# Gauss Therm Algorithm – A Typical Example

Due to the relative newness of Genetic Algorithms (GA) within commercial programming, it is extremely important for any Master’s or PhD student to understand the proper uses of GA in model-control applications. After all, the success of a GA application lies largely on the efficiency of its usage. Without proper usage of GA, a model-control application would be wasted.

Some examples of situations where the GA might be more appropriate than traditional mathematical modeling and control of temperature processes include:

– Hot water heater. GA is generally used as an adjunct to traditional models to achieve the desired results, rather than the other way around. In this case, though, it may be more efficient to use GA for such operations as the initial estimation of potential or actual heat transfer rates through a particular pipe. The model-control application will still be significantly more complex than a traditional model with the same objective function.

– Body temperature. Many geometrical processes lead to heat transfer from one point to another. Since the thermostat is not equipped to process these computations efficiently, a model-control application may be more efficient for such computations. An example of such applications is modeling and controlling the temperature of a particular body part or individual’s body.

– Temperature process. In many cases, a model-control application will only perform mathematical computations in order to come up with a desired outcome for the model itself, rather than performing numerical computations on the physical system.

– Numerical. If the calculations are being performed for modeling and control of temperature process using a GA, it is imperative that there is a numerical method for generating the computations necessary for the model-control application. When dealing with heat, calculations can only be generated using mathematical methods. When dealing with mechanical and thermal effects, numerical methods must be used to generate computations and monitor the results.

– Physical models. While physical models may be more complicated than mathematical models, they are usually more reliable and give a faster response time. This is because mathematical models have an inherent tolerance for error, whereas physical models tend to be more likely to suffer from a failure and be subject to failure. In this case, the simple model-control application can typically be made more complex using a physical model.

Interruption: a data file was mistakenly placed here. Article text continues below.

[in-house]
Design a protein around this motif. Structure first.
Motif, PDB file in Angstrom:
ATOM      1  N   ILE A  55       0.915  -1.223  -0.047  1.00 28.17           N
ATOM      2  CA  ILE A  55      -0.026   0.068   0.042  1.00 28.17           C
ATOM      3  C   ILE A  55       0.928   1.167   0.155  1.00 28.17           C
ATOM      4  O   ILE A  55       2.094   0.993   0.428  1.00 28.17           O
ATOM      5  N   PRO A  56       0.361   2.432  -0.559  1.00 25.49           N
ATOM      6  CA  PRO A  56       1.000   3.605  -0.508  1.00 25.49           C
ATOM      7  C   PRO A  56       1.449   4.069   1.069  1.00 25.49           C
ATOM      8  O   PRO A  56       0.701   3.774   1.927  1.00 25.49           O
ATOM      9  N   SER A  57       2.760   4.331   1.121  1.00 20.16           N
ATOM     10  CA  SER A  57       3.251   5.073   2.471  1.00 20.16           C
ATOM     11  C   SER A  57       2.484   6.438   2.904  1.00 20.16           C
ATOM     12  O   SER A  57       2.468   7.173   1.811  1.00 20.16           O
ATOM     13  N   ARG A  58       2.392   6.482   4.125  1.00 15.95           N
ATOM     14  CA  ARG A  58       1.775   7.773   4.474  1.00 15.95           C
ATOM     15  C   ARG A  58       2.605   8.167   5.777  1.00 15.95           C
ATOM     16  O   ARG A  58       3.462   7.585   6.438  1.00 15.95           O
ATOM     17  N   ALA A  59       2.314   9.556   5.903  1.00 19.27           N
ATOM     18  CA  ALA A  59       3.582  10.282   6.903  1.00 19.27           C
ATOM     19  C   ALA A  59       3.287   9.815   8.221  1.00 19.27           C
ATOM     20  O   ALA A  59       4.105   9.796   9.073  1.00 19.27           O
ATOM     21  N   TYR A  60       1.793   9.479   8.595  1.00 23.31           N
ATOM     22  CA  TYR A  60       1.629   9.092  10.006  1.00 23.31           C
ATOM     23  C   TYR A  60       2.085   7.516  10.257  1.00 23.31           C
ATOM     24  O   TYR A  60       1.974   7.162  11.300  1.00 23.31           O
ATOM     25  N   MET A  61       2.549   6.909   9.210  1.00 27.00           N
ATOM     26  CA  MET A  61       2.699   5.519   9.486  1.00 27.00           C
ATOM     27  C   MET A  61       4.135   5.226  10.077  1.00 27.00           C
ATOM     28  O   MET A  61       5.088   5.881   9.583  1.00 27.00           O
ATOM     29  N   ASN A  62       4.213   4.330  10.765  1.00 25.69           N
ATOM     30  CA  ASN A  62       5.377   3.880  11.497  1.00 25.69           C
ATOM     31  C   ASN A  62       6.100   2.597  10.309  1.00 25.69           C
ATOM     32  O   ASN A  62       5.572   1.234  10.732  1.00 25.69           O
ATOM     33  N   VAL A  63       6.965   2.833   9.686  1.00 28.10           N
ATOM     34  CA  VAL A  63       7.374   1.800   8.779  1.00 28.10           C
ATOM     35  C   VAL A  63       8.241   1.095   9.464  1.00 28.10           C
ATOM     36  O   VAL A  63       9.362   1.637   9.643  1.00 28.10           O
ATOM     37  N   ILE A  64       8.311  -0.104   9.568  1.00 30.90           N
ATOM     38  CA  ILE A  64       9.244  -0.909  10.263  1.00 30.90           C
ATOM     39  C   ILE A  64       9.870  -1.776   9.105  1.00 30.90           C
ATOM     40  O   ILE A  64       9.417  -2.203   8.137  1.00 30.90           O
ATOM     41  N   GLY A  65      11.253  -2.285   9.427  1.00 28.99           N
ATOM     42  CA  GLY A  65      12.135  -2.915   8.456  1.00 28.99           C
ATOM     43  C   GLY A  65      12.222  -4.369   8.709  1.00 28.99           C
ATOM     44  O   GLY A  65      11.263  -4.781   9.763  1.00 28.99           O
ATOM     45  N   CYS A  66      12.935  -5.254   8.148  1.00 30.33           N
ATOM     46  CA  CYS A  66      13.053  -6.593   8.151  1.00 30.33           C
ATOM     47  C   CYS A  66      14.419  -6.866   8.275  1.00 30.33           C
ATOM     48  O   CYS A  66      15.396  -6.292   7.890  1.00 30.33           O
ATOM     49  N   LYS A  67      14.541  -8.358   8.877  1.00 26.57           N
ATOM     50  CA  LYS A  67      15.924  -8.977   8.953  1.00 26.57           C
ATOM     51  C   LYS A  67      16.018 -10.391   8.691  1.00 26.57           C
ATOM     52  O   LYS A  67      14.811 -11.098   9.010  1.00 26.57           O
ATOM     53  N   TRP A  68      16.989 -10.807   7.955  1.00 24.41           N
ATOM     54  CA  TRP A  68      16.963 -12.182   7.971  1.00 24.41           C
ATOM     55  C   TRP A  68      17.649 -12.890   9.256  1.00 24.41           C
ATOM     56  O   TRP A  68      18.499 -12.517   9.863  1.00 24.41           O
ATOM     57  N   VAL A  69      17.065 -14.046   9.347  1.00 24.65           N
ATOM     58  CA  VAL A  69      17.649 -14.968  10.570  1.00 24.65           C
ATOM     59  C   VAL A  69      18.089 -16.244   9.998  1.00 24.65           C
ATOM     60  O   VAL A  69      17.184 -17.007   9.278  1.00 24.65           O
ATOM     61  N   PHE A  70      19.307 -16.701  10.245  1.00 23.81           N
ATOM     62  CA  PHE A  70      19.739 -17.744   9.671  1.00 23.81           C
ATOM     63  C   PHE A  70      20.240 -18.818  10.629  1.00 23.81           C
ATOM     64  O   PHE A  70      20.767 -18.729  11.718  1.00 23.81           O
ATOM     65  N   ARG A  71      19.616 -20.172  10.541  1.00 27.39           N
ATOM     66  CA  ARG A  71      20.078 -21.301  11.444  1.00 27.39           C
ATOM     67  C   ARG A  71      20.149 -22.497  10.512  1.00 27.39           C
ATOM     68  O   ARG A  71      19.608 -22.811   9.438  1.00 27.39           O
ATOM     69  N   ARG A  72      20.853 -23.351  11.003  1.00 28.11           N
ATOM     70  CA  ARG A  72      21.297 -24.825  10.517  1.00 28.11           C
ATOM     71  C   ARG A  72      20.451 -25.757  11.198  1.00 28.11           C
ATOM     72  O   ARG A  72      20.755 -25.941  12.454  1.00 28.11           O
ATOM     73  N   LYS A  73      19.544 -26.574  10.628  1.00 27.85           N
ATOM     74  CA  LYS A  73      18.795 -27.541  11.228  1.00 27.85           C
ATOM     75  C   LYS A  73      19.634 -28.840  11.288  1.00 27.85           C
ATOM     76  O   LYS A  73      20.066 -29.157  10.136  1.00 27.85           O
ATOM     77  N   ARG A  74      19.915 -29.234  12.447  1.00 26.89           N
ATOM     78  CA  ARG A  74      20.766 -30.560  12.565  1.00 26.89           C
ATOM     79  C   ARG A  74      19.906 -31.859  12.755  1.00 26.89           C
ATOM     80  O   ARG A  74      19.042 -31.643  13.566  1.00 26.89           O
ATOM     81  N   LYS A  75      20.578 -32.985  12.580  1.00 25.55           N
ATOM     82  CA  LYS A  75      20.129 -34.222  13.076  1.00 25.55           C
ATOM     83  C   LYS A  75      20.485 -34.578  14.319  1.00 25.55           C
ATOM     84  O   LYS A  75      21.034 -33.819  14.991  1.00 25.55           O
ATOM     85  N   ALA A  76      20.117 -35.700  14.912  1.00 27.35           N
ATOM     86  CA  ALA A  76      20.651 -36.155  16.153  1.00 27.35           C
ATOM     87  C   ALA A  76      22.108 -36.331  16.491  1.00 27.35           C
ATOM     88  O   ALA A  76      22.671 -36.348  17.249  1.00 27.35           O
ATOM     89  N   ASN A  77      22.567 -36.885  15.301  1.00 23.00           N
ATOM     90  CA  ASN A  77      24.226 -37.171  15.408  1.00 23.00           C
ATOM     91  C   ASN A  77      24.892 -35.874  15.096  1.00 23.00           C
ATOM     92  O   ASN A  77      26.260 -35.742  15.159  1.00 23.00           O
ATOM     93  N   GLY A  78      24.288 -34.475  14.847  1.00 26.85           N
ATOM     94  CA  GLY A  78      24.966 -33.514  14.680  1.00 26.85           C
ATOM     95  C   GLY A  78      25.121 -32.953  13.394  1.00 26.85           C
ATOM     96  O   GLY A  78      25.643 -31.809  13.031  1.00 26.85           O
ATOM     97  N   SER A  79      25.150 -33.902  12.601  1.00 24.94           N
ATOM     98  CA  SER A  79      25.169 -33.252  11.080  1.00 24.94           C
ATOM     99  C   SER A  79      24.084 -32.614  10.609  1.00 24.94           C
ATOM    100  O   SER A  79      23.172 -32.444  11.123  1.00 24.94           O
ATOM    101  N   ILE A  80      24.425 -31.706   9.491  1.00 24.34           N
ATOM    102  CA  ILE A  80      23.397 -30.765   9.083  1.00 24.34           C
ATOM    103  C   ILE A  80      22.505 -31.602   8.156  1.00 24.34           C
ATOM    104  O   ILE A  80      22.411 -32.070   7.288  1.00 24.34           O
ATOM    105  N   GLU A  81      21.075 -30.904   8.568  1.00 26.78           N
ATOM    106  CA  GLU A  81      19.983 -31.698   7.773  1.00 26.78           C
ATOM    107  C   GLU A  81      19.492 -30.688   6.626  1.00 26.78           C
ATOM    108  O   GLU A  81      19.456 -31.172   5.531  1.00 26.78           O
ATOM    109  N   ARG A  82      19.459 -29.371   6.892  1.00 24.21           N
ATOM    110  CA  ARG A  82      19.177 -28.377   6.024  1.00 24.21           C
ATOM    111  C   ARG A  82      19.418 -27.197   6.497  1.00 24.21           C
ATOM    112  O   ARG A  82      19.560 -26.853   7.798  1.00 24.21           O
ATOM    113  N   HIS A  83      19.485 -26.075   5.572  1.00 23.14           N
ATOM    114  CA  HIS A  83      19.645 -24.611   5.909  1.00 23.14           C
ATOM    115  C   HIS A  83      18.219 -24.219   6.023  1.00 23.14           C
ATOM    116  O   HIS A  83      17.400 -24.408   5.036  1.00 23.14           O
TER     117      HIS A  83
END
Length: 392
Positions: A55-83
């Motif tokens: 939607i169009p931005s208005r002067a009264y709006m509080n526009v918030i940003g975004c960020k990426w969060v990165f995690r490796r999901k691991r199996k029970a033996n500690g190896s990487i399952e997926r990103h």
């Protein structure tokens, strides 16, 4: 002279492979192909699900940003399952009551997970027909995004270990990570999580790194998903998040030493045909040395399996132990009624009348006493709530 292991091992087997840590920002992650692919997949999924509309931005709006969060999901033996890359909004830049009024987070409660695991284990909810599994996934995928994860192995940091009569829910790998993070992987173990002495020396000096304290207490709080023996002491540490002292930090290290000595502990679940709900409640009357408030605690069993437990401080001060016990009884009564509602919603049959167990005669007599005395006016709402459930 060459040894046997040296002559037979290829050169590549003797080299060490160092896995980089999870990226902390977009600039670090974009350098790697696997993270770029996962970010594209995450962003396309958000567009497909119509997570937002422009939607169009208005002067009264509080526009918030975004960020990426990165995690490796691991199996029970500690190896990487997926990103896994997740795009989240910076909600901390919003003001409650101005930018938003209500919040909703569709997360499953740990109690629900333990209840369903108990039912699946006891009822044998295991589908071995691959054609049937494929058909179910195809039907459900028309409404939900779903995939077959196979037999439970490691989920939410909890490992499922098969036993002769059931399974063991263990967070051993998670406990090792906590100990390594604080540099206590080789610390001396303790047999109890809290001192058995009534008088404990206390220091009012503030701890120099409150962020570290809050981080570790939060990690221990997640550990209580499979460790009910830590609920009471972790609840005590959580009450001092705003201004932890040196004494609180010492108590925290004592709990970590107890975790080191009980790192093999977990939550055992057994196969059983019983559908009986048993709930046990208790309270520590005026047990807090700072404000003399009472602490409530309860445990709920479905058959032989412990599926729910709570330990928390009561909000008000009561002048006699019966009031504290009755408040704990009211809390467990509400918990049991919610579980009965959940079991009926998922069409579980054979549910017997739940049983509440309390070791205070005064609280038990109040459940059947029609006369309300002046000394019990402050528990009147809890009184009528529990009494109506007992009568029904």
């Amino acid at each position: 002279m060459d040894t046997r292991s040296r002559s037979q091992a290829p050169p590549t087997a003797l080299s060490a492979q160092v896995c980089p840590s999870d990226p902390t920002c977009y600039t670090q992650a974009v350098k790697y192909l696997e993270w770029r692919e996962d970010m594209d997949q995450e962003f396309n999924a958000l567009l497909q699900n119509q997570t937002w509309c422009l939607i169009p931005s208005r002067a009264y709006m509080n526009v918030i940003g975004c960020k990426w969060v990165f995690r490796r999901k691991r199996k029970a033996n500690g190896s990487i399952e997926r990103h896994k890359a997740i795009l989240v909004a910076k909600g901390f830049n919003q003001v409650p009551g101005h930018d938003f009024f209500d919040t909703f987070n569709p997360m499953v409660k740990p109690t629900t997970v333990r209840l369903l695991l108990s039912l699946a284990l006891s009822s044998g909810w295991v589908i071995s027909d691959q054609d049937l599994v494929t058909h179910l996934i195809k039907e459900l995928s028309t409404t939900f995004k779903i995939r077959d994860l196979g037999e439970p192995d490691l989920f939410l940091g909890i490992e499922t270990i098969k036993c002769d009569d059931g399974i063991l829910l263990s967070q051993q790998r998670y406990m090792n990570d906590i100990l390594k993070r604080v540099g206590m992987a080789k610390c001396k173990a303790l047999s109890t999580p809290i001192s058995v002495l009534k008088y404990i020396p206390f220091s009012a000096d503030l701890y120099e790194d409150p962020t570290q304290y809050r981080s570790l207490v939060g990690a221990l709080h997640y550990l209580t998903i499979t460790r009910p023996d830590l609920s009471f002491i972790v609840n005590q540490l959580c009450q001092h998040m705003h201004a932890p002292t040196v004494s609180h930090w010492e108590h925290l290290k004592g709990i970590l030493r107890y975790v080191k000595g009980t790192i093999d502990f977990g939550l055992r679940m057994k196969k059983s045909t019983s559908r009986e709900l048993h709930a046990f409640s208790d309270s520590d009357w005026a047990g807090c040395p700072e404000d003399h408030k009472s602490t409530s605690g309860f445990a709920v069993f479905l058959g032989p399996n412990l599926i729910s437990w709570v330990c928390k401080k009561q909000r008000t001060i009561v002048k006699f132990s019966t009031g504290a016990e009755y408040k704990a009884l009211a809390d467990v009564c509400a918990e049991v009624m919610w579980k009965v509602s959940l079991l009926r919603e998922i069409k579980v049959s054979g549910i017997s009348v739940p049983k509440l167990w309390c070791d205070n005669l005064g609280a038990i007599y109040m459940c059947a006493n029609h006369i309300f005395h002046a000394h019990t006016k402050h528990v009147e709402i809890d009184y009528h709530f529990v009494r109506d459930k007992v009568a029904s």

– Statistical models. Most real-world applications use statistical methods to achieve predictive, predictive models. It is very difficult to design a mathematical model that can perfectly match the statistical data of real-world applications. In this case, the real-world application must be modeled and controlled using a model-control application that uses a statistical method.

– Thermal. For a model-control application, the initial estimation of temperature and humidity for a particular area is best performed using mathematical algorithms. For some applications, however, it is impractical to perform such computations and so the computation must be performed with a model-control application.

– Geometrical. Sometimes, the problems are much more complicated than the problems that arise with geometric computations. In this case, the need for a Gaussian process is often necessary.

– Hot water heater. Although it may be easier to use a model-control application for hot water heater, there are always some special cases where it may be more efficient to use a Gaussian process. In such cases, it is generally wiser to use a regular model instead of a Gaussian process, so that the problem is done in the right manner.

The hot water heater is one of the examples of situations where GA can be of benefit. Unlike the geometrical problems in the heating process, which do not require specialized methods to make them feasible, the heat transfer from a hot water heater has a set of intrinsic properties. The system is already in a certain state; it needs to be broken down into its constituent parts before you can actually solve the problem.